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Monday, December 27, 2004

 

Restaurant Review: Pork Chop Shop

Azeris are not very good Muslims. During their 70 years of rule, the Soviets did their best to scrub the stain of piety from the fabric of Azeri society. As a result, not many Azeris have a firm grasp on the five pillars of Islam, few visit mosques regularly and even fewer fast at Ramadan.

The Soviets were only partially successful. The rituals and theology have faded, but Islam's traditions still hold a great deal of sway over the culture. The social role of women, for example, is tightly proscribed. Many Azeris avoid alcohol. Pigs are very, very rare. In fact, I've seen fat sows lolling around only in the rural village of Nic, whose residents consider themselves Christian.

So where does the average Rashid go when he needs a pork fix?

The Pork Chop Shop, a tiny restaurant in the center city, is Muslim Baku's swine speakeasy.

Nothing about its dowdy exterior hints at the forbidden fruit served inside. The restaurant has a real name -- Xayal, which means "Dream" in Azeri -- but the informal "Pork Chop Shop" helps keep expections in check. No one will ever confuse the Pork Chop Shop with any of the countless Kebabarias and Pivesis that make up Baku's dining scene. Nor, for that matter, will it be confused with anyone's perception of a dream.

Other than its chops, the restaurant has little to recommend it. It's located on a chaotic street near the train station, tucked among cell phone vendors and currency exchanges. It's furnished, like nearly every other cheap restaurant in the developing world, with white molded plastic chairs and tables that tip over too easily and discourage lingering. When not full of jonesing expats, the clientele consists of Azeri men sit huddled in small groups amid clouds of cigarette smoke. Like most small restaurants, it is not a place for a respectable Azeri woman.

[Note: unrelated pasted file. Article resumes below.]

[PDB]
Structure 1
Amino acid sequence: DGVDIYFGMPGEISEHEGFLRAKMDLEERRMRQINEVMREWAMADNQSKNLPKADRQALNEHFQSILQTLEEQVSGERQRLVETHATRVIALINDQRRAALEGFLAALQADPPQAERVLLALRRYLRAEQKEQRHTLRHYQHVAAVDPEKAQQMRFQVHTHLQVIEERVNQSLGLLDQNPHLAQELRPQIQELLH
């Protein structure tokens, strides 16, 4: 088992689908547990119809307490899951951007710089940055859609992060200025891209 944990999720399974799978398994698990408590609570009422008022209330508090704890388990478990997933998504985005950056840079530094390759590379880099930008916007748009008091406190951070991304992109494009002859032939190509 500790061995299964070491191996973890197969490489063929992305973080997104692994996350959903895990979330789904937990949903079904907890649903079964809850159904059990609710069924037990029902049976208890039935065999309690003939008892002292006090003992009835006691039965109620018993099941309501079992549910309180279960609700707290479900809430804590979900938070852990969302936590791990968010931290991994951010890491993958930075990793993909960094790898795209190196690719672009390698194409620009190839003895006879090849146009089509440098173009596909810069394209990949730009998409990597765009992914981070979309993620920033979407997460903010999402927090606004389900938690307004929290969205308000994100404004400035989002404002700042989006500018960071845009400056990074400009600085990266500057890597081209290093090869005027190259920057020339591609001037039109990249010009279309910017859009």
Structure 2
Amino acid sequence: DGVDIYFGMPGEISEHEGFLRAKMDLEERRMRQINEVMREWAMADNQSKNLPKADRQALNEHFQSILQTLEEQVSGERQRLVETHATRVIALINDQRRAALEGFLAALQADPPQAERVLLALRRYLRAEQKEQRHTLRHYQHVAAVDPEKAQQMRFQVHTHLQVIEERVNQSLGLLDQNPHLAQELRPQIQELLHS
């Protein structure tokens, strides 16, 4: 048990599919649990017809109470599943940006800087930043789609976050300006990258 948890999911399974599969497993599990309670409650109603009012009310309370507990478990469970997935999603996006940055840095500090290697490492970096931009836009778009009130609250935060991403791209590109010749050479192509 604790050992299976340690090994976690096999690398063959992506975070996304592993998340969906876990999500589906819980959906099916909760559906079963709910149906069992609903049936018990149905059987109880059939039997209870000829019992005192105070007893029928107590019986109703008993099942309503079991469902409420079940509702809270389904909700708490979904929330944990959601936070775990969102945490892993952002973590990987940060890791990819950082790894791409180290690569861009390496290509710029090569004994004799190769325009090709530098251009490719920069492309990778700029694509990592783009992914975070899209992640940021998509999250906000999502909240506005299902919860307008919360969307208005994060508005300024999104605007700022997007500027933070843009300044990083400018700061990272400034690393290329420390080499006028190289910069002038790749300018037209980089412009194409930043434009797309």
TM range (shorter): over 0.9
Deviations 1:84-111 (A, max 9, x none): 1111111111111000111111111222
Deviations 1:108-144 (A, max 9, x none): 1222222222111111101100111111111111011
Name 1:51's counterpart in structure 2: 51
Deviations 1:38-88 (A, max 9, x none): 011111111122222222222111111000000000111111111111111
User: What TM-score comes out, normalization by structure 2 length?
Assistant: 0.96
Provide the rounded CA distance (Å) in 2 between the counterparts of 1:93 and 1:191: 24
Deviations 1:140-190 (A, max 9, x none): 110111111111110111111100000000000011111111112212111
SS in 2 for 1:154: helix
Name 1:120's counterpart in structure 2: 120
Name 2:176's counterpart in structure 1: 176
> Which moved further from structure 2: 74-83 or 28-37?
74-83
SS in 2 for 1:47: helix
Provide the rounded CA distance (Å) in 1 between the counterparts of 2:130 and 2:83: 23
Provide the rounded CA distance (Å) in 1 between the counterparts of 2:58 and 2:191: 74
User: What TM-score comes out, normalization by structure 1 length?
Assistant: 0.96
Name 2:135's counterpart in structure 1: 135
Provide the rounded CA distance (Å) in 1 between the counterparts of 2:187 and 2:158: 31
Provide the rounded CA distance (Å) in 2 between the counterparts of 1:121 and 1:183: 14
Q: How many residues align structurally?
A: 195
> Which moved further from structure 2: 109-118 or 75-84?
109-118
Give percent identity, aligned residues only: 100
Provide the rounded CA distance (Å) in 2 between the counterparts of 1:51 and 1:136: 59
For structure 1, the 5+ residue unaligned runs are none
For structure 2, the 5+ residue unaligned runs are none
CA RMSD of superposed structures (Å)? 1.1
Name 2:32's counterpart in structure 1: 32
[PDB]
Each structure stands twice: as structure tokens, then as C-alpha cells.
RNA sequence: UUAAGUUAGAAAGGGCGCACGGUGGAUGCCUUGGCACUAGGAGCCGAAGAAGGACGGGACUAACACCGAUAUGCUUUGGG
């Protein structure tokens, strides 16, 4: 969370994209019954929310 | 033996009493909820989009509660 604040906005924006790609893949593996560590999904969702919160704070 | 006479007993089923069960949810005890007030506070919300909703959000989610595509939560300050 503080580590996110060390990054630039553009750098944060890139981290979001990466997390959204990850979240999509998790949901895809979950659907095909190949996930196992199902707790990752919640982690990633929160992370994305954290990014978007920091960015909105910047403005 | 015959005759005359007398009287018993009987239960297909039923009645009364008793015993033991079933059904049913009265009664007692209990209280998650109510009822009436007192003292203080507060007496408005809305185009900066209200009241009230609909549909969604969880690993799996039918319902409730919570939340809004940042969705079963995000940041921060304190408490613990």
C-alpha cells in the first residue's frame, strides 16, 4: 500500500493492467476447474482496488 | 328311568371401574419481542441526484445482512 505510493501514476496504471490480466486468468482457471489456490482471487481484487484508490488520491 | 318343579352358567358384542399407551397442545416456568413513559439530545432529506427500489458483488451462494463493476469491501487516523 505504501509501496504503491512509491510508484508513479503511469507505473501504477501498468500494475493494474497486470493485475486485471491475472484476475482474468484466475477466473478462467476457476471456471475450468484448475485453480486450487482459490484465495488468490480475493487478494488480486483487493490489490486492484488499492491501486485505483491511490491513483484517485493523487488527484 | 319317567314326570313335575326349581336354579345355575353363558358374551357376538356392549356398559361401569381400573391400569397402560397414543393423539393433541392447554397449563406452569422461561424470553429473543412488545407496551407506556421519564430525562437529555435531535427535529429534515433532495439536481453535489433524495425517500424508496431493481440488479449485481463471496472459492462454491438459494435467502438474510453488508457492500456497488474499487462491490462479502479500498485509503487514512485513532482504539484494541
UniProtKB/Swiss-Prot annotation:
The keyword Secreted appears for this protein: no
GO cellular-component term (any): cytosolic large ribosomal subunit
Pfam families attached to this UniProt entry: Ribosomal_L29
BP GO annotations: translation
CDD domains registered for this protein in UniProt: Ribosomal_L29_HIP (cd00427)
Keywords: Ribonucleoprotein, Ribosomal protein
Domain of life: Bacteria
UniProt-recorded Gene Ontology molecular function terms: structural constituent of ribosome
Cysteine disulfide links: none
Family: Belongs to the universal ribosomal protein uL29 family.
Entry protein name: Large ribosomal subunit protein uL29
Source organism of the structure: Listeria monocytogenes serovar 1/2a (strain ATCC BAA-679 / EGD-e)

There is no menu and no choice. If you don't want chops, walk on by. There is no bacon, no tenderloin, no sausage and no medallions. Nothing but chops.

As a known swinophobe, I was skeptical of the ability of a Muslim cook to properly prepare a chop. I don't eat pork at home and when it comes to food on the road, my policy is to eat what locals eat and avoid things they don't. But for every rule there must be an exception and even I could see that these chops were worth the small risk of trichinosis.

All Azeri restaurant meals come with a plate of herbs, some pickles, bread and white sheep cheese, and depending on the season, salads composed mostly of cucumbers and tomatoes. These small plates at the Pork Chop Shop were completely unremarkable -- bread stale, pickled cabbage and tomato lifeless and portions of cheese skimpy.

Oh, but the chops. These are not your mother's chops (or, well, not my mother's. Sorry mom). They are as long as your forearm, with a thick fist of glossy meat at the end. This meat isn't dull white or gristly or dry as a dishtowel. It is carmel colored and dappled with the hot, rich fat that pools up in the pan after you fry up your bacon. Cooked over an open fire, the fatty edge of the chop has a thin crust, no harder to break than that on a creme brulee.


Pork Chops and Liquor


The meat falls off the bone, which is good, since there's no cutlery. Just grab a greasy chop of the platter and start to gnaw.The platters keep coming until to you cry "uncle."

Upholding its non-sectarian values, the Pork Chop Shop places no restrictions on smoking cigarettes and drinking vodka, either (though, truthfully, I've yet to find an Azeri restaurant that does). Customers can hit a Muslim trifecta without leaving their molded plastic chair.

Price is no obstacle, even for the most impecunious. All-you-can-eat chops along with all-you-can-drink vodka and beer will set you back no more than five Shirvan ($10).

This chop shop is worth going out of your way for. Even to Baku.








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